Vegas and Career Wiki

I just watched Fear and Loathing in Las Vegas the other night. I’ll be headed there this weekend for the HeliSuccess Career Seminar, but I’m not expecting anything like Thompson’s trip. Good movie, watch it for free on Fancast.

I’ve been to the Vegas seminar before, and I’m not going this time under the expectation of getting a job offer. In fact, for the low-time pilot, you’ll be surrounded by dozens of other guys in the same situation, and last year there was only one employer there that would consider anybody with <1000 hours PIC time. It’s still worthwhile going to–you’ll see the industry in ways your flight school never will let you see.

The other benefit is–and this is a generalization–that most helicopter pilots haven’t ever applied for jobs with cover letters and resumes. I’ve seen guys with years of time in the work force (helicopters or not) send out awful resumes. With hundreds (or thousands???) of others competing with you, a bad resume is quickly going to kill your chances of getting an interview. So for the career pilot, this seminar gives you a chance to refine or reflect on your job hunting and interviewing skills. Likewise, the seminar will take the trial-and-error out of your first job search if you’re just out of school or the military.

Right, so the reason I’m going this time: I’ll be doing a resume review for anybody who wants it. Back a year ago, I downloaded the resume eBook from JustHelicopters and…well, I was a bit disappointed. It focused on the mid-career and military pilot, and neglected the guy who’s in the most need of help: the CFI with <1000 hours and/or a brief job history. After talking it over with Lyn, I interviewed a few flight school owners and hiring managers from companies that hire 1000-hour pilots and updated the book with the advice they gave me. That project evolved into revising the whole eBook. It’s a freebie when you register for the conference, or you can get it for $15 here (and I don’t make anything off the eBook sales). So if you’re at the seminar, bring a couple of copies of your resume by and I’ll tell you what I think about it!

For those of you who aren’t going to be there, I’m adding a new page to the site. Under the Career tab, you can post (and respond to) questions about resumes, job searches, interviewing, and anything else about finding a job as a helicopter pilot. You’ll have to register, create a page with your question, and then save it. It’s not a big deal, and having it set up that way will allow others to answer questions I can’t (or set me straight when I’m wrong). Look for it being up and running later this week. For those of you who check back, I’ll also drop a few blog posts about the seminar when I have time.

Blowing Corn


I had a crazy summer job in college catching corn boll weevil moths, and when I saw this video, something didn’t look right. Can you spot it? Only about 1 in 4 rows have tassels. I’m going to make a guess here: this must be a seed crop. Corn can self-pollinate when pollen from the tassel reaches the silks from the same plant. But when you want to make hybrid seeds—which will in turn make the corn that ends up on the table—you don’t want self-pollination. In this field, the tassels have been trimmed from the seed-producing plants. Wind can carry the pollen from male plants to the female silks, but wind isn’t always reliable. In addition, hot, dry days can kill off the pollen before it reaches a silk. That’s where the helicopter comes in. The rotorwash blows the pollen from the tassels and spreads it from the pollinator row to the seed rows. Even though it’s expensive to run the helicopter over the field, I imagine using the helicopter reduces the number of pollinator rows that are needed, and thereby increases the seed yield.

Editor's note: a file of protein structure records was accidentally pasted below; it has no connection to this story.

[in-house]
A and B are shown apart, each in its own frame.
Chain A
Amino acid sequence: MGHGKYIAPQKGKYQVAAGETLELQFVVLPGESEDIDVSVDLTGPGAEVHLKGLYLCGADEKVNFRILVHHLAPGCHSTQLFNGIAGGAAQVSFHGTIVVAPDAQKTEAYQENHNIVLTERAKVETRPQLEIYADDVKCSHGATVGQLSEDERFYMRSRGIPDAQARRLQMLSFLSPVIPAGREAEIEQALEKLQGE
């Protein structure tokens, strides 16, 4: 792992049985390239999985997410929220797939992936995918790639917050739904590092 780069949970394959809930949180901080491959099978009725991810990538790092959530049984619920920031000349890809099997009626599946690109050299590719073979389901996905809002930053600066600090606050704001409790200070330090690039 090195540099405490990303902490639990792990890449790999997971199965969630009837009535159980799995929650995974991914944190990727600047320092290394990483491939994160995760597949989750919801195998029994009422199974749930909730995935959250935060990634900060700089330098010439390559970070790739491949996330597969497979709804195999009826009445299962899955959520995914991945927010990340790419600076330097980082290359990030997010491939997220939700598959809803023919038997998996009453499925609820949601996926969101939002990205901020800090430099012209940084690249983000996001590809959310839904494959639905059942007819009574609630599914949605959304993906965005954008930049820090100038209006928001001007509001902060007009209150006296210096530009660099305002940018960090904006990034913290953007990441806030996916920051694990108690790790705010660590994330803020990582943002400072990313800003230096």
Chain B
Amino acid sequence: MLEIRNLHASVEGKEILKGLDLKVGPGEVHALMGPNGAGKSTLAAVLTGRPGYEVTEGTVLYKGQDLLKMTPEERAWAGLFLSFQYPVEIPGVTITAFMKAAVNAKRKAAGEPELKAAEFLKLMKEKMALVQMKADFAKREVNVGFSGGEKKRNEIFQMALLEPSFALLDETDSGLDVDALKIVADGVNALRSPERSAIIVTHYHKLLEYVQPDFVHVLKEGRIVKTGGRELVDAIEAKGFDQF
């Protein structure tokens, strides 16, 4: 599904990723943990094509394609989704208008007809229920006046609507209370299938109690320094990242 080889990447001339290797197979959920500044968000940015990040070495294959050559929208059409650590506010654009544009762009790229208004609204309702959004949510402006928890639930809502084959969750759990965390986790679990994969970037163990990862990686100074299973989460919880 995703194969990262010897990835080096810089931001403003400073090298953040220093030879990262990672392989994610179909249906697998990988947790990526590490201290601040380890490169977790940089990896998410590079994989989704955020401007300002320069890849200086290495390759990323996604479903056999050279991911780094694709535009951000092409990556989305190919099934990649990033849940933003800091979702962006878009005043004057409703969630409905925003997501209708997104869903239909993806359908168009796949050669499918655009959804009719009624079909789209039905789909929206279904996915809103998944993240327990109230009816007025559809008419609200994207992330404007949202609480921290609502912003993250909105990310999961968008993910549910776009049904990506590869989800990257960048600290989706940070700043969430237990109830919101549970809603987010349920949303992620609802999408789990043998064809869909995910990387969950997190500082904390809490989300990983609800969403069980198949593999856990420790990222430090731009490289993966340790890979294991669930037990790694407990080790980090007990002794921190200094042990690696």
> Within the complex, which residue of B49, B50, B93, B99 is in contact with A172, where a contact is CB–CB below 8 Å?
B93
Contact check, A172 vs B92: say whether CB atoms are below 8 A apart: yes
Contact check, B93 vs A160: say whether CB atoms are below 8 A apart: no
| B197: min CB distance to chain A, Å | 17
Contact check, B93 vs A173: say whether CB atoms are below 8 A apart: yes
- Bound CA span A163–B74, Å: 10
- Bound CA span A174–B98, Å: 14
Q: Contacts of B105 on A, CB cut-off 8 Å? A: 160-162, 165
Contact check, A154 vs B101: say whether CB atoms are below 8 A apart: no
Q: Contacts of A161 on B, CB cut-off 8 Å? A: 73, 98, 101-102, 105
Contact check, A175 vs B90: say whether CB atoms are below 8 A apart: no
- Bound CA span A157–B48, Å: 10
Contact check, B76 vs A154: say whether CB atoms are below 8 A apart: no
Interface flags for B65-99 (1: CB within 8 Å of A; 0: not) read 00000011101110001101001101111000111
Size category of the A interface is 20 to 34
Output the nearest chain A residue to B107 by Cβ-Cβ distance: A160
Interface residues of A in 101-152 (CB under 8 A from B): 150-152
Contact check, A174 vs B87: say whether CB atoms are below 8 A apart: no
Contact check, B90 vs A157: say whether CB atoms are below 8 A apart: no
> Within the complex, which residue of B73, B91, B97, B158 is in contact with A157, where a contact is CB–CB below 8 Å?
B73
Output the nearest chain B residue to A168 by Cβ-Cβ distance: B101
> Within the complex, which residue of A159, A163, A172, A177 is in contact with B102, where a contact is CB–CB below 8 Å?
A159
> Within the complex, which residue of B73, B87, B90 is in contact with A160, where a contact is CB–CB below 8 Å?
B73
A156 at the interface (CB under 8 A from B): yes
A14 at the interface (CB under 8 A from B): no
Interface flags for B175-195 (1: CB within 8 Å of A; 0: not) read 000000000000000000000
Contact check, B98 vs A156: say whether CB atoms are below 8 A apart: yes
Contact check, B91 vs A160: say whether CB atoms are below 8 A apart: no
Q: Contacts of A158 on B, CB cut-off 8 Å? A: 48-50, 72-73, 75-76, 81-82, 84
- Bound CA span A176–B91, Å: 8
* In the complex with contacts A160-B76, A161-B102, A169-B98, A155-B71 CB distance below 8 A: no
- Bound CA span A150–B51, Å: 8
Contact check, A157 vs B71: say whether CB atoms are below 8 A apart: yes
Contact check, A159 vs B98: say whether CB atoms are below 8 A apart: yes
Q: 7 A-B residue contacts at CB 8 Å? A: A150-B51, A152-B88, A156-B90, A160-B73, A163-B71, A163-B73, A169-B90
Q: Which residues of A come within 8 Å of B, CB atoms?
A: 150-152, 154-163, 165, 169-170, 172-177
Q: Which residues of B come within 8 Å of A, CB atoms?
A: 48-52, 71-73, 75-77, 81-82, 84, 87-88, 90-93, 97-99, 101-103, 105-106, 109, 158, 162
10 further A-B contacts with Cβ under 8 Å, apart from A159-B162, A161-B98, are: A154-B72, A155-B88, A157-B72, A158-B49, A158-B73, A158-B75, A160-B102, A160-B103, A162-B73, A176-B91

From the standpoint of getting this job done, there were a couple of things I was thinking about. The first one was that irrigation pivot. Working this low to the ground means you can’t let your guard down. From what I’ve read about ag work, you do a ground recon of the field and then recon it again from the air to spot all the possible obstructions. The pivots in our area are powered, but I’m not sure whether they use an underground line or draw electricity from another source. He’s also got to be working pretty close to the low-speed/low-altitude region of the dead-man’s curve. The corn fields I worked were maybe 7 feet high, but the irrigated ones around here look to be a couple of feet taller. When you can see the airspeed indicator, it doesn’t look like he’s above ETL while working. There are probably a couple of other hazards here. Lots of corn is grown in hot, humid places, so he’s got at least 2 of the 4 H’s working against him. The low airspeeds also raise the risk of LTE, and since the direction the corn is planted dictates his flight path, I’d be worried about VRS (aka, SWP) as well.

A friend of mine owns the local FBO, and knows my predicament (ie, no experience, no job). He suggested getting on with one of the ag operators, which I wouldn’t be too thrilled about. Not that I don’t think it wouldn’t be fun work, but low level, low time doesn’t seem like a good combination. Yet, I think this is the way some pilots build time, and one of my roommate’s from school is doing it.